Becerra and Pressley

Representative Ayanna Pressley and US Department of Health and Human Services Secretary Xavier Becerra joined maternal health specialists at Codman Square Health Center on Friday. JONATHAN WIGGS /GLOBE STAFF

By Stephanie Ebbert Globe Staff, Updated September 2, 2022, 7:25 pm

US Department of Health and Human Services Secretary Xavier Becerra and Representative Ayanna Pressley joined maternal health specialists at Codman Square Health Center on Friday to assess the fallout from the Supreme Court’s abortion ruling and its impact on maternal health in Massachusetts.

Pressley, a Boston Democrat who chairs a congressional abortion rights and access task force, had urged President Biden to declare a public health emergency in June, saying the Supreme Court’s decision would exacerbate already alarming rates of maternal morbidity among Black women.

Women in the United States are more likely to die from childbirth or pregnancy-related causes than those in other developed countries, with Black women disproportionately affected. The Black maternal mortality rate was 2.9 times the rate for white people in 2020, according to the CDC.

One study estimated that a nationwide abortion ban would increase maternal deaths by 21 percent and Black deaths alone by 33 percent. Since the abortion ruling went into effect, stories have emerged of women suffering pregnancy complications and rushing out of state for emergency abortions that can no longer legally be performed within their home states.

Ob-gyns told the panel they have been seeing the effects of other states’ new abortion bans for months.

“At Boston Medical Center, we can always track the way these laws are rolled out and when the trigger laws go into effect, by where the calls are coming from,” said ob-gyn Dr. Teju Adegoke. It began with Texas, she said, after the Supreme Court allowed that state’s abortion restrictions to go into effect, and proceeded through other Southern states whose abortion bans were triggered by the high court’s ruling overturning Roe v. Wade in June. What’s also clear, she said: The patients who make the journey are people of means.

Becerra, whose wife is a Harvard-trained high-risk obstetrician-gynecologist, said she has long worried that “the richest country in the world, with the most advanced health care system, is letting people die at birth, shortly after birth, and even sometimes … before birth,” Becerra said. “It is unnecessary.”

Though Biden did not issue a public health emergency, his administration began taking more aggressive steps at the federal level to continue abortion access, which Becerra touted on Friday.

Becerra and the administrator of Centers for Medicare and Medicaid Services recently invited states to seek Medicaid funding to increase abortion access for women traveling from states that have begun restricting the procedure. The US Justice Department has also advised medical providers of their obligation to perform abortions if necessary to stabilize a patient under the Emergency Medical Treatment and Labor Act and successfully sued the state of Idaho over its abortion ban, which did not allow for abortion to stabilize a patient’s health. The Justice Department lost a similar court challenge in Texas, however, when a federal judge ruled that HHS went too far in asserting the law guarantees abortion care.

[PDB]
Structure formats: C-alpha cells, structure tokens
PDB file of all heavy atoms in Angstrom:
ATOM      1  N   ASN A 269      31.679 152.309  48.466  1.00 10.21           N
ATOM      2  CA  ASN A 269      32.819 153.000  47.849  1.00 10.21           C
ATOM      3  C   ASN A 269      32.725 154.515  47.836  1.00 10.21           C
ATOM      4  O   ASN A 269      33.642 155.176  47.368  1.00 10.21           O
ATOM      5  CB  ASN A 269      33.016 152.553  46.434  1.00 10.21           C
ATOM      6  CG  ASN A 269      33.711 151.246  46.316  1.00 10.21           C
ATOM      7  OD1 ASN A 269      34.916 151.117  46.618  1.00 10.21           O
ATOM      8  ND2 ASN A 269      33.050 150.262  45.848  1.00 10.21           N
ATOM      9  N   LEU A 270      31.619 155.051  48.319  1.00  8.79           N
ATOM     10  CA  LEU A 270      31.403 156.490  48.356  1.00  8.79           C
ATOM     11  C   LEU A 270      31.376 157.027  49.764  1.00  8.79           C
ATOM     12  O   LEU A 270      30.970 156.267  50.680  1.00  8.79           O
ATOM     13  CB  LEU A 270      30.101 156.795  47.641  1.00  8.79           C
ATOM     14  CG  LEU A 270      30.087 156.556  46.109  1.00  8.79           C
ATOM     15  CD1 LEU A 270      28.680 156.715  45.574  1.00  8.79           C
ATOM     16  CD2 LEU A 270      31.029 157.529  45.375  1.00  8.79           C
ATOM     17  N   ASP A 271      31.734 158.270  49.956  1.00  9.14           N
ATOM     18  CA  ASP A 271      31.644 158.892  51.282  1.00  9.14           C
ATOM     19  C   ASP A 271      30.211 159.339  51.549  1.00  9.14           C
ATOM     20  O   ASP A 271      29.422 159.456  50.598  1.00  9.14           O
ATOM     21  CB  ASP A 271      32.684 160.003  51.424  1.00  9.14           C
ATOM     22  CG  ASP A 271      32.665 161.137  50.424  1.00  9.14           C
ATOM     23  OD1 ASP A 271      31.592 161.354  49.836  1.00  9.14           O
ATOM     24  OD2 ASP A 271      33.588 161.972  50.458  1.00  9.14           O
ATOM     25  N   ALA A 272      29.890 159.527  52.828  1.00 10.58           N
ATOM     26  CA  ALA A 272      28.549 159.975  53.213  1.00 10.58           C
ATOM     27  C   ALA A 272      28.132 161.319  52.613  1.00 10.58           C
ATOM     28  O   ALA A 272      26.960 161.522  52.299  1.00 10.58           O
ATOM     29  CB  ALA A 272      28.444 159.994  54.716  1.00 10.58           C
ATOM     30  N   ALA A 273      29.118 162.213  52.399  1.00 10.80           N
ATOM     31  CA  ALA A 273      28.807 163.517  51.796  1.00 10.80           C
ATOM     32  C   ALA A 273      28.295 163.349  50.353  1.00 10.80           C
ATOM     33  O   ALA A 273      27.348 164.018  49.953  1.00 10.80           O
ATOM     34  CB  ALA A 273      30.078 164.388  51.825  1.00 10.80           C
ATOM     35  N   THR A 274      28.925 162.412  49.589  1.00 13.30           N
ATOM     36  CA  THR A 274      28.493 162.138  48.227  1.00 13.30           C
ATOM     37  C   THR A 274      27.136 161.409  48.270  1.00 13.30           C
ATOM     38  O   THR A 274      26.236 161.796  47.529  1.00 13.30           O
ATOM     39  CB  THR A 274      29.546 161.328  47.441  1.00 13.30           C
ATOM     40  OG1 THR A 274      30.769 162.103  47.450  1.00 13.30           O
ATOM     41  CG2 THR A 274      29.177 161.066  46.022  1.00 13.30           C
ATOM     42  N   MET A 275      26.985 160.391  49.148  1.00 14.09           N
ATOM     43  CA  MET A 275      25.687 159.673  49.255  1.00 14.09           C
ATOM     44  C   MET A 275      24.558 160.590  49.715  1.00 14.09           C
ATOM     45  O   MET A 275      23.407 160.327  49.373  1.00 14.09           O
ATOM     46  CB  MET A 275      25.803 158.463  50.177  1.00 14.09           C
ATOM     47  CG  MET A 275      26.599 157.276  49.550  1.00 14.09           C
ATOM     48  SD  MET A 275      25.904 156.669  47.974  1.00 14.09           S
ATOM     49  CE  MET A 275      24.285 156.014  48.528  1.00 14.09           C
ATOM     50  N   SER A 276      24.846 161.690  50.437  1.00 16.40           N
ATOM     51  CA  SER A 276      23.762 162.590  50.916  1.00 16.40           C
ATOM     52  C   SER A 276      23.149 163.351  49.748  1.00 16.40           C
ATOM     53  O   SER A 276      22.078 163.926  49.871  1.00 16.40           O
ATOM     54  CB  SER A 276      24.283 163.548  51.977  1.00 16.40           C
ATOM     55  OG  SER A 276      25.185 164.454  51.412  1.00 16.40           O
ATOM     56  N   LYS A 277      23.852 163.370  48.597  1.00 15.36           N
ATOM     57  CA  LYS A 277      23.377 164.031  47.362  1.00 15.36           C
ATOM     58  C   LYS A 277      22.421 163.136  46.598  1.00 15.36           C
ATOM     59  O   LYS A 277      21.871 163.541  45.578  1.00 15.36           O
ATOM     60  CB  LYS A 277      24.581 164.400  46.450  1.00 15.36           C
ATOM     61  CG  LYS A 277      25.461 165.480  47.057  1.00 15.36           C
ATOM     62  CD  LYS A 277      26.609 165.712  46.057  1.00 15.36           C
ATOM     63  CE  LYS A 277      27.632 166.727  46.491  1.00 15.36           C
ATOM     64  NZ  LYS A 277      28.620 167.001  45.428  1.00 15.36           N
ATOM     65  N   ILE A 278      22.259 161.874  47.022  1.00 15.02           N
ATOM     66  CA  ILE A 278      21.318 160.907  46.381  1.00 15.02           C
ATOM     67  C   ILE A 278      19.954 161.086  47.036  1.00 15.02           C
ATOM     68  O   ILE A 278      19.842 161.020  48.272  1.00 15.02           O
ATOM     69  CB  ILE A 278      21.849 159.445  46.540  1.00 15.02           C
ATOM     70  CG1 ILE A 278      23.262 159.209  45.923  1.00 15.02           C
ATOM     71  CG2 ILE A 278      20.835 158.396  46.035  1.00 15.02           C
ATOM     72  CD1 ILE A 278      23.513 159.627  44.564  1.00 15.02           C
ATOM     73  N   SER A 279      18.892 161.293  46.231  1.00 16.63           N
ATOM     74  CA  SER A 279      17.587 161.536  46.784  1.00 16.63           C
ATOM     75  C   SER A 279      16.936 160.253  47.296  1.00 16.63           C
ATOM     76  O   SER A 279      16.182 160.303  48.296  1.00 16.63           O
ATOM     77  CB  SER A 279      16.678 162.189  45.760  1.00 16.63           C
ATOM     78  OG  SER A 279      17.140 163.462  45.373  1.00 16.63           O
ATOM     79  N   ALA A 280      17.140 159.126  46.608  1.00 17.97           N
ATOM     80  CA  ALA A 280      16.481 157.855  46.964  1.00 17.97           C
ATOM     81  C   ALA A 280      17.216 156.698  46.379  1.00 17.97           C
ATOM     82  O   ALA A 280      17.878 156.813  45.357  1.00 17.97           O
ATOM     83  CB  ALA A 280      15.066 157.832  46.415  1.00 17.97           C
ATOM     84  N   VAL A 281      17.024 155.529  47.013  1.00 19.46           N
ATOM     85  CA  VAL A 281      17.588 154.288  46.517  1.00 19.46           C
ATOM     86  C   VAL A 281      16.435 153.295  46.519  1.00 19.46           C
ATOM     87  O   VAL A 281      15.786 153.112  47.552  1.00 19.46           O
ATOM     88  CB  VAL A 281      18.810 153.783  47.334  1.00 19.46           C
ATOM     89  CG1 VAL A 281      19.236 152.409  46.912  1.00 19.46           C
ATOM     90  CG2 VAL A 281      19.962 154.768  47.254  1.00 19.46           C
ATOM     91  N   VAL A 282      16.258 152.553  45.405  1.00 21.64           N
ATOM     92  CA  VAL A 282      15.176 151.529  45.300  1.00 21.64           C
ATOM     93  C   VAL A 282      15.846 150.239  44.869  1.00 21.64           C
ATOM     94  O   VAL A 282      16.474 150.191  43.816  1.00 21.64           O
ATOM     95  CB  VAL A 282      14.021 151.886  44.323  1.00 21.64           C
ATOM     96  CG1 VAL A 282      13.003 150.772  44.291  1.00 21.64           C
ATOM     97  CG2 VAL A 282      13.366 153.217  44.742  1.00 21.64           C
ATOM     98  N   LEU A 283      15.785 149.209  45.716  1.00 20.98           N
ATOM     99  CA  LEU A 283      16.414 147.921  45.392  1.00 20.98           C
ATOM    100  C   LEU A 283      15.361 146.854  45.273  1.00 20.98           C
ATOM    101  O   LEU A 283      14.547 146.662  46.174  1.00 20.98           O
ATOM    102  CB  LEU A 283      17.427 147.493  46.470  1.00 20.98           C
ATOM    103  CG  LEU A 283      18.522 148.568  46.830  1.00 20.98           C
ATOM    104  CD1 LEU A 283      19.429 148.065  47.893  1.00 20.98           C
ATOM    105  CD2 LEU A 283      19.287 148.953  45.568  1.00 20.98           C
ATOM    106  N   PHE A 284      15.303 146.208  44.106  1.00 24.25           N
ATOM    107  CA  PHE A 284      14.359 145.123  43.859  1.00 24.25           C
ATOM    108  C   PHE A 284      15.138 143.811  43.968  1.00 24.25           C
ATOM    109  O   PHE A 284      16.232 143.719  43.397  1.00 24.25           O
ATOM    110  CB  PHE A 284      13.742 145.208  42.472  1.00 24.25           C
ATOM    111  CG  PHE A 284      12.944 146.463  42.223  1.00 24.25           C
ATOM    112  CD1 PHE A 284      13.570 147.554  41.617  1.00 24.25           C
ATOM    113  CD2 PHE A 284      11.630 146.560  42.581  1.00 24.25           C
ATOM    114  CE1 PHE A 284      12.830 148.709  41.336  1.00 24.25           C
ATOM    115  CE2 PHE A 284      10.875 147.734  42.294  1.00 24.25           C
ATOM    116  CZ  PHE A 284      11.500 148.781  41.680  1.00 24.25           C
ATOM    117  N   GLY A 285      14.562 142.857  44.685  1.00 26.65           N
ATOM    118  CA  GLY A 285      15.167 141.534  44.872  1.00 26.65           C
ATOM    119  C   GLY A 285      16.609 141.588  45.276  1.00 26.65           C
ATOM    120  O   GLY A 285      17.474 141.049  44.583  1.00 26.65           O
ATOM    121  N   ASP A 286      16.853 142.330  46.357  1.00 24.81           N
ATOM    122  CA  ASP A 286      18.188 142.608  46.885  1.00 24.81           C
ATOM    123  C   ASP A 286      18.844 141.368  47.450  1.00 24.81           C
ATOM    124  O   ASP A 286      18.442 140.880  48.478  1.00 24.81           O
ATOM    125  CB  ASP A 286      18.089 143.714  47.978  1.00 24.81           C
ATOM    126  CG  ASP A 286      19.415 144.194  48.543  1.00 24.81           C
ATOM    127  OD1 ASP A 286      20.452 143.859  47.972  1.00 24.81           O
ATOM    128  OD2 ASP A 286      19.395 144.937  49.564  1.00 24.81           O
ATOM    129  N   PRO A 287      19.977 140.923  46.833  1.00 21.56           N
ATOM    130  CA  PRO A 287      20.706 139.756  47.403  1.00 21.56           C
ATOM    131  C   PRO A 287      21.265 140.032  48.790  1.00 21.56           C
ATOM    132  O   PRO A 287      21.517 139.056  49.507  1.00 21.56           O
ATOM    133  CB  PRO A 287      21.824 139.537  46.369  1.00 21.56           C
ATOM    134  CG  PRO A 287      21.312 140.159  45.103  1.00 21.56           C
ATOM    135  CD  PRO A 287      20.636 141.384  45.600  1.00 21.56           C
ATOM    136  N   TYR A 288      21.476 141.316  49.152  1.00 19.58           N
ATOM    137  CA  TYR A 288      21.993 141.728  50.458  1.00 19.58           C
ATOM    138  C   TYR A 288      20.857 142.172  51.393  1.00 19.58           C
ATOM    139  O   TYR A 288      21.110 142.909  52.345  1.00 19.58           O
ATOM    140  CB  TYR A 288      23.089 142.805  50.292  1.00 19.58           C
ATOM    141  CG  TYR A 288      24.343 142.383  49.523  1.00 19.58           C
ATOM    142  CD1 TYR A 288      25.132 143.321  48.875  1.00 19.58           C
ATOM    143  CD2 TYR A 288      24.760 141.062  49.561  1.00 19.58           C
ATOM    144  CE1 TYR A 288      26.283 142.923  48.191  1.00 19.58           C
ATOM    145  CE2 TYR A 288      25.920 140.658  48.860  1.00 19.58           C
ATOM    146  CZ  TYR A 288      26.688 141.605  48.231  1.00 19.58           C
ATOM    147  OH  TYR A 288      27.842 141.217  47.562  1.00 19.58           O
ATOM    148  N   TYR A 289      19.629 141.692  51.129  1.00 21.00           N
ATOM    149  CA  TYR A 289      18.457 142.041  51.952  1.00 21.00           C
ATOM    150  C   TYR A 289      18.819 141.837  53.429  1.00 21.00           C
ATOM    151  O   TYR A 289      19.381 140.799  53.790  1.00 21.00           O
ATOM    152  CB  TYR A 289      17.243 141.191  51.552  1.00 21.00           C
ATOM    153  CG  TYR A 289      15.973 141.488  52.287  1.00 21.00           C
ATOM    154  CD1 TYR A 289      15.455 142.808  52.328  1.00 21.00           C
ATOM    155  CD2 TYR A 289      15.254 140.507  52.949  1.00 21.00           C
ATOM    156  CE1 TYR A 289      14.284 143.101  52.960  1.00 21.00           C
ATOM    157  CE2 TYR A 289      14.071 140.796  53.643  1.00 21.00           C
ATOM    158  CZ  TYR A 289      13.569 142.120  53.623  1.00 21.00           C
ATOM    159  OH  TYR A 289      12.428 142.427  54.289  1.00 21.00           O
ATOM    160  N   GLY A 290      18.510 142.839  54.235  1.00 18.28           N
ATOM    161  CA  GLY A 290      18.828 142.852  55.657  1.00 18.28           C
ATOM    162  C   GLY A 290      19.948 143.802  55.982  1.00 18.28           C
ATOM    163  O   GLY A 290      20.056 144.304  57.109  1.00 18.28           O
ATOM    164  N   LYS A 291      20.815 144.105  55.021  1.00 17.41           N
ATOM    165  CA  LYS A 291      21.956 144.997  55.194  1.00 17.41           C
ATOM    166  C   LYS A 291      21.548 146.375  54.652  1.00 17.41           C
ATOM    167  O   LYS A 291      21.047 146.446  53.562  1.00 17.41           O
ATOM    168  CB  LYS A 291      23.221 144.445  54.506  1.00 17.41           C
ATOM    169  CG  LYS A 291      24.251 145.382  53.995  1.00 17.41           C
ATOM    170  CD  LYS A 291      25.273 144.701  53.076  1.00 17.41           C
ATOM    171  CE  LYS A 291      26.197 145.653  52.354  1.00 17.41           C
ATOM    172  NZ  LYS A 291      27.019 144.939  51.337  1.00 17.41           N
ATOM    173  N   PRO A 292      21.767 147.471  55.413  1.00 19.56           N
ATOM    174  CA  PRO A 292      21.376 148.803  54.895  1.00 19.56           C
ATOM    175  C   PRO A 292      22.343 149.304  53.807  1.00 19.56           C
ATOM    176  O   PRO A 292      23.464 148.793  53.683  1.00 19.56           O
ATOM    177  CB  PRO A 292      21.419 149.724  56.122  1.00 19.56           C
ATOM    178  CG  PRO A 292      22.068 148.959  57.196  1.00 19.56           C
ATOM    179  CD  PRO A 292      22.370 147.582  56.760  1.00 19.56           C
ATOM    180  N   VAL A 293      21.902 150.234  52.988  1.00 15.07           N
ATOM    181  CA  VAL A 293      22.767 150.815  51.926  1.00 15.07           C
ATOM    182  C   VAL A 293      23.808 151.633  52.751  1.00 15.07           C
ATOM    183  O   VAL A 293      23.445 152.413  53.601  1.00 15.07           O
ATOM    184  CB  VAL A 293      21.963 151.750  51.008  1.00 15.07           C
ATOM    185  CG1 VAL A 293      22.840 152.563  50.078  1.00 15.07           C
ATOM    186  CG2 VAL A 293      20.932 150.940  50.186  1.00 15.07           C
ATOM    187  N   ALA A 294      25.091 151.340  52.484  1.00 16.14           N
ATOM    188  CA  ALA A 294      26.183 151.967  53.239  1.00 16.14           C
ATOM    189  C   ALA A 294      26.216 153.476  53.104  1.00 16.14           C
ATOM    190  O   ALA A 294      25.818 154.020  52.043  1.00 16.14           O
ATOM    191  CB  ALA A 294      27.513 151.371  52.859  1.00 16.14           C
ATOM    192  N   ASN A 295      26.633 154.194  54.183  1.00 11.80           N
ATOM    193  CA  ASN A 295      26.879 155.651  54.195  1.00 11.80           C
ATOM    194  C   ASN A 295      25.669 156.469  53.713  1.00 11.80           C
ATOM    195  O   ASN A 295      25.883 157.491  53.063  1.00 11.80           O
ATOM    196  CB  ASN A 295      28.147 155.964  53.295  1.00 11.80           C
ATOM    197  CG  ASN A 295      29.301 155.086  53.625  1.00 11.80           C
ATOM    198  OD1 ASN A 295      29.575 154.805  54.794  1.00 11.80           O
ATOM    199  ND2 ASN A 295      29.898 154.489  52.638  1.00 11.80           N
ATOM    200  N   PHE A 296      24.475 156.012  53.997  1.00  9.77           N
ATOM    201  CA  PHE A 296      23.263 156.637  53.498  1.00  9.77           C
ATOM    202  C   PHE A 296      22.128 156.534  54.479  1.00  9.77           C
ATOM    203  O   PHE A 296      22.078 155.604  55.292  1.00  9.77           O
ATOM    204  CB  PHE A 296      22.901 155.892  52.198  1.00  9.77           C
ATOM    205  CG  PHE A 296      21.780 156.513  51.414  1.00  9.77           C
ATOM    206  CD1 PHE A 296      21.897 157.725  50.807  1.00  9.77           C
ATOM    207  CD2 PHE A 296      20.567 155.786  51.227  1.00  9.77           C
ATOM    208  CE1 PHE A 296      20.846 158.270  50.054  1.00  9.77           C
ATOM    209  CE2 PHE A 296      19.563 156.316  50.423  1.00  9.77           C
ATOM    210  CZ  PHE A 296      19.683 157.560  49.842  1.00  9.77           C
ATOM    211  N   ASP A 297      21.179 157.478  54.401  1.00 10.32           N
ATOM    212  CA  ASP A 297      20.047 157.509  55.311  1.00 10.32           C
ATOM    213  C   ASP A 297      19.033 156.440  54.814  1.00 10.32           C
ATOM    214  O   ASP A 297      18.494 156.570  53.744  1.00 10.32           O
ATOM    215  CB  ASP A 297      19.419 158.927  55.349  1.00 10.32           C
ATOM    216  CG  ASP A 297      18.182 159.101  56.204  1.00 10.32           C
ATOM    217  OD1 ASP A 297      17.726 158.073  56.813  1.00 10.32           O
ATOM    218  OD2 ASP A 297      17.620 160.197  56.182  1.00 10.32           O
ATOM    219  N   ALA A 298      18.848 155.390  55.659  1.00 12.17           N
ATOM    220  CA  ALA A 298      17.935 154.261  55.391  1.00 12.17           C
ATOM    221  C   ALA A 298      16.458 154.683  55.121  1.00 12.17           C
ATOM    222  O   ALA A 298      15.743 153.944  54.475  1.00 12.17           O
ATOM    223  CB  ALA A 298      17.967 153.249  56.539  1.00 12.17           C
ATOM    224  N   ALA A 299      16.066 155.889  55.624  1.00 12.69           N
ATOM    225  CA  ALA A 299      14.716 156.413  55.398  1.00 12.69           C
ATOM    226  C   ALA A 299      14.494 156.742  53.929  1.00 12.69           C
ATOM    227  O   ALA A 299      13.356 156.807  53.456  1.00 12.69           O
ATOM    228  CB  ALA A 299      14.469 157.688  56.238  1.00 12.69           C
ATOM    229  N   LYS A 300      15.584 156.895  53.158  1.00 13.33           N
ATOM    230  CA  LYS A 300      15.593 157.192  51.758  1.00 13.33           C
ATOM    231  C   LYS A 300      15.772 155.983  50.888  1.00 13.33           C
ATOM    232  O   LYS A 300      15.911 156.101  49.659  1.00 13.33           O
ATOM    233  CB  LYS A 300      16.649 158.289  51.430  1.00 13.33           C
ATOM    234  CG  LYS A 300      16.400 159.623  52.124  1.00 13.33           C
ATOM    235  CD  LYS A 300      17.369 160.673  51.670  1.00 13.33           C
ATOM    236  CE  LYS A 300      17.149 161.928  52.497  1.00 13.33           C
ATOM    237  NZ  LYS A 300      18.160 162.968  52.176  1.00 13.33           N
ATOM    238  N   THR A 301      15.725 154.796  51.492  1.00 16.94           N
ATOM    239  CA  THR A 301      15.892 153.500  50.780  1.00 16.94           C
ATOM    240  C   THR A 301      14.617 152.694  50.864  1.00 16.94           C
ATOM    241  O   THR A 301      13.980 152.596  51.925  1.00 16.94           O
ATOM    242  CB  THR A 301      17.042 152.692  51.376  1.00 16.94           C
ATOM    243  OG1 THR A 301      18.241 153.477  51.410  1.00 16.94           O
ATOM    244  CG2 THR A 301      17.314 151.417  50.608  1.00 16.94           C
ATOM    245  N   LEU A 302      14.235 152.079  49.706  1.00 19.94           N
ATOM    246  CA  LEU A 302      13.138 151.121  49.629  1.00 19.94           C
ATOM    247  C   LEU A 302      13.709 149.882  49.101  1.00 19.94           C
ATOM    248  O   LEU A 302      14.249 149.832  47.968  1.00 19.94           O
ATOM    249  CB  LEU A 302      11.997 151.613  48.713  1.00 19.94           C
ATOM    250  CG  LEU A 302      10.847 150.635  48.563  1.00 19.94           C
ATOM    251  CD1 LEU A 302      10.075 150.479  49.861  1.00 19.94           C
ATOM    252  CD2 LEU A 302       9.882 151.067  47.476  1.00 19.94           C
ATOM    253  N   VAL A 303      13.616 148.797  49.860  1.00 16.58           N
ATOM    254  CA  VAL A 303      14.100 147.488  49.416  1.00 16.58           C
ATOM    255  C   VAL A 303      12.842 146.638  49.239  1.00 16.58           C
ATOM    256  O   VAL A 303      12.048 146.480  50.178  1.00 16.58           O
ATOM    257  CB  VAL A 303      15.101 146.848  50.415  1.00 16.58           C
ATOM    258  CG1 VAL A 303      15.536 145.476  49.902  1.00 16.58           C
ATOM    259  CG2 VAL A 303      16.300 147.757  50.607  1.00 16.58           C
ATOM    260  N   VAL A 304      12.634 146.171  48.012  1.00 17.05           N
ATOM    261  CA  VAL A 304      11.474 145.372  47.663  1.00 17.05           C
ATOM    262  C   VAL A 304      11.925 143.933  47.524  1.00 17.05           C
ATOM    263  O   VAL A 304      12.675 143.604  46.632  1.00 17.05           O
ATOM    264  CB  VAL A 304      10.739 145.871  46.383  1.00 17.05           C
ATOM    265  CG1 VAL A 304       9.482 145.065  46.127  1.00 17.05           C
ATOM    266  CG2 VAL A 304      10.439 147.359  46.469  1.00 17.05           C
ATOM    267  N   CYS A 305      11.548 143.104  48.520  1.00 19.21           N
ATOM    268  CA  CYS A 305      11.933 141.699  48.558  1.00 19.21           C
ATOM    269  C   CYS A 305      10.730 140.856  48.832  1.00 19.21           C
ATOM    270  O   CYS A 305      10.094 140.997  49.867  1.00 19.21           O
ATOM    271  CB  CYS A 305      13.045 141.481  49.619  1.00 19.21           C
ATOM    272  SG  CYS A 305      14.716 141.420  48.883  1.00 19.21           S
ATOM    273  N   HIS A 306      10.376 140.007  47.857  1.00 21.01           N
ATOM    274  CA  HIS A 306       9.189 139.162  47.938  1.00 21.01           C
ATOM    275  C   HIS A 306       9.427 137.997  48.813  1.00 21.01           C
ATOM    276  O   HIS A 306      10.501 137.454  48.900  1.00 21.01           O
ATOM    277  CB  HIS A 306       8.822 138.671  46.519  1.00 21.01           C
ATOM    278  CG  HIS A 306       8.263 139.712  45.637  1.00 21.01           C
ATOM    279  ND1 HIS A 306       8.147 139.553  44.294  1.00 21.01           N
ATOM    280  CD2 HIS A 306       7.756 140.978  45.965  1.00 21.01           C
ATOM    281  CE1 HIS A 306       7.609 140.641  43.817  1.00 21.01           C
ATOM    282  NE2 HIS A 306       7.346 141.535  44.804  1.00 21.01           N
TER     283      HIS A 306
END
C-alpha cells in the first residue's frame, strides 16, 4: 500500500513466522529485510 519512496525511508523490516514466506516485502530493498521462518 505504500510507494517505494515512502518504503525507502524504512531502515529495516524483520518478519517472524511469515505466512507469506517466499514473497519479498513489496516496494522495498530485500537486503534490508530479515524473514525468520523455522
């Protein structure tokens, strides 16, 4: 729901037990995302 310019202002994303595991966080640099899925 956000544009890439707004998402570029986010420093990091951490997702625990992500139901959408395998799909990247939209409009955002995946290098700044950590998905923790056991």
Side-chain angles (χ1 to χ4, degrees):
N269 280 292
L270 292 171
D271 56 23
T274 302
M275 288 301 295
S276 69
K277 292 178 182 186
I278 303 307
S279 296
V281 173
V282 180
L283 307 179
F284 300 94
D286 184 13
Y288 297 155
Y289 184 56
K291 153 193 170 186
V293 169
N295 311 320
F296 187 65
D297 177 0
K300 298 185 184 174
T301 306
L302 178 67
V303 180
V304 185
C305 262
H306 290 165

The Department of Veterans Affairs also announced on Friday that it would begin providing abortions in cases of rape, incest, or if the pregnancy threatens the health of a pregnant veteran at federal health facilities, even in states that have banned abortion. In a press release, Veterans Affairs secretary Denis McDonough cast the rule change as a “patient safety decision.” “Pregnant Veterans and VA beneficiaries deserve to have access to world-class reproductive care when they need it most,” he said.

Pressley was a lead sponsor of the Women’s Health Protection Act, a federal measure that passed the House last fall and would have nullified codified abortion rights into federal law, but failed in the Senate in May. Since then, special elections, voter registration, and an upset win for abortion rights on a voter referendum in Kansas have convinced political watchers that abortion is energizing voters and could lift Democrats’ chances in the midterms.

Pressley said voters are responding to an “intersection of legislated harm” — with anti-LGBTQ laws and voter suppression in states where abortion restrictions were triggered by the overturning of Roe v. Wade.

“I believe people are seeing the intersectionality and the coordinated efforts that are taking place in states throughout the country and I think Kansas is a positive indicator and bellwether,” she said.